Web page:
Sunday, July 15, 2012

Zombies, Darwinian selection and more jobs for lawyers

We went to the tip shops today - the local, City of Albany, and the slightly differently philosophised Denmark one.

At Denmark, it was all a-bustle, people dropping off things , chatting, fossicking, looking around. Fair enough, looks a bit tatty but their landfill doesn't seem to be bulging, and there are weird and wacky items which make you smile. (like this)
There were re-upholsterable chairs and couches, tables, cupboards, footstools, you name it, it's there.

At the City of Albany it's all lovely and tidy, because everything but books, shoes, crockery and apparently random chipboard furniture goes to landfill.  It's like a scene from the Walking Dead, with the ever hopeful few shuffling zombie-like around any vehicle which drives through, only to turn away disappointed and watch the seagulls welcome another deposit.

We pondered this at length as we watched a perfectly restorable club lounge chair make it's way straight to landfill.  The nice gentleman who was working patiently explained that there are serious liabilities for Cleanaway, who contract to provide the 'service' for the City.  If you buy a chair or couch or bed or cushion (or presumably any item which involves a porous surface) it may be infested with insects and you could sue.

Taking this to it's logical conclusion, one could say that if I get a papercut from one of the books I bought today, and the papercut becomes infected and my finger falls off, then I have a case for compensation.  If I buy a plate and drop it getting it out of the car and cut myself picking up the pieces - woohoo, new holiday home for me.  Presumably, any timber is expected to be infested with white ants/woodworm and other passing bugs which may leap off and chew my head off, rusty nails on which I may impale myself, or homicidal splinters.  The shoes which are for sale - surely they are a podiatric disaster waiting to happen.  It's a long and lingering death from blisters or bunions.

I can understand the case regarding electrical things.  Not so long ago, I was listening to a man at the Denmark tip shop dealing with an unhappy customer who complained that he had bought 4 computers from the tip shop (for a couple of dollars each) but none of them worked.  As the representative of local government in the area explained, ''s a tip shop, mate, people don't bring 'em here if they work.'  The apparently eternally optimistic customer kept on looking.  He did not appear to be accompanied by his legal team.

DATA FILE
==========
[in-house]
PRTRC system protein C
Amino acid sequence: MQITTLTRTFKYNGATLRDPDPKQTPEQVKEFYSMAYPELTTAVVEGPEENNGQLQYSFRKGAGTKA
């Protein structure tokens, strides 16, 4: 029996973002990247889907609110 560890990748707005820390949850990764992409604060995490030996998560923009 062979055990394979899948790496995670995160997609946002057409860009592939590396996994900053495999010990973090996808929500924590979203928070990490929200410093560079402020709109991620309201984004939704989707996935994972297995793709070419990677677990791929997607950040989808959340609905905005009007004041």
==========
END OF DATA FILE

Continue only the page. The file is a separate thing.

Today, in Denmark, I bought a BGE electric bar heater, age unknown but probably pre 1950's.  It looks all stainless steel and minimalist chrome and space agey and I was assured it still worked, although the person who brought it in didn't want to use it any more.  Certainly, it would have zero by way of energy stars, and in terms of Australian standards, it could be considered lacking.  It would be fair to say that running on full heat it would be a random mass of red hot metal and throbbing completely exposed radiator bars.  Never mind not sticking your fingers in, your whole head would fit.  Items nearby would spontaneously combust.

It's true, the local authority could have wrestled it from me, wrenched it from my fevered grip and consigned it to become some archaeologist's future delight.  In fact, they had the good sense to know that I would not be buying it for use in it's designated field, but rather for display.  They divined, on short acquaintance, that it was unlikely that I test power points with my tongue and/or a sharp metal object and that I can be trusted with such an item. Frankly, if I did use it and it went horribly wrong, I'd put it down to Darwinian selection and call it a fair thing.

If you can put up a sign saying don't fall off the cliff into the water, how about one about purchasing at your own risk?

Our pondering concluded that the Albany tip shop probably doesn't show much profit, because there simply isn't the stock turnover to generate one, because there's hardly any stock.  People are paid to open the shop and collect the meagre 'allowed' consigned goods, and wave the rest through to holes in the ground (various). (And the Saturday guy is improving his golf swing, by the looks). Presumably, the shop is therefore costing the ratepayers double - they have to pay to dump their stuff in landfill AND pay for the relentlessly tidy shop to stay open so they can drive through.

It's not really a recycling service, because very little actually gets recycled beside cardboard and glass.  The rather specious argument regarding liability is apparently ignored by local authorities in major cities and towns all over Australia, which have thriving recycling and re-use via their well run and well patronised tip shops.

Presumably the education centre (who paid for that?) is used to brief solicitors and silks, or possibly archaeologists. Or it's used for plotting the location of the next big landfill project...

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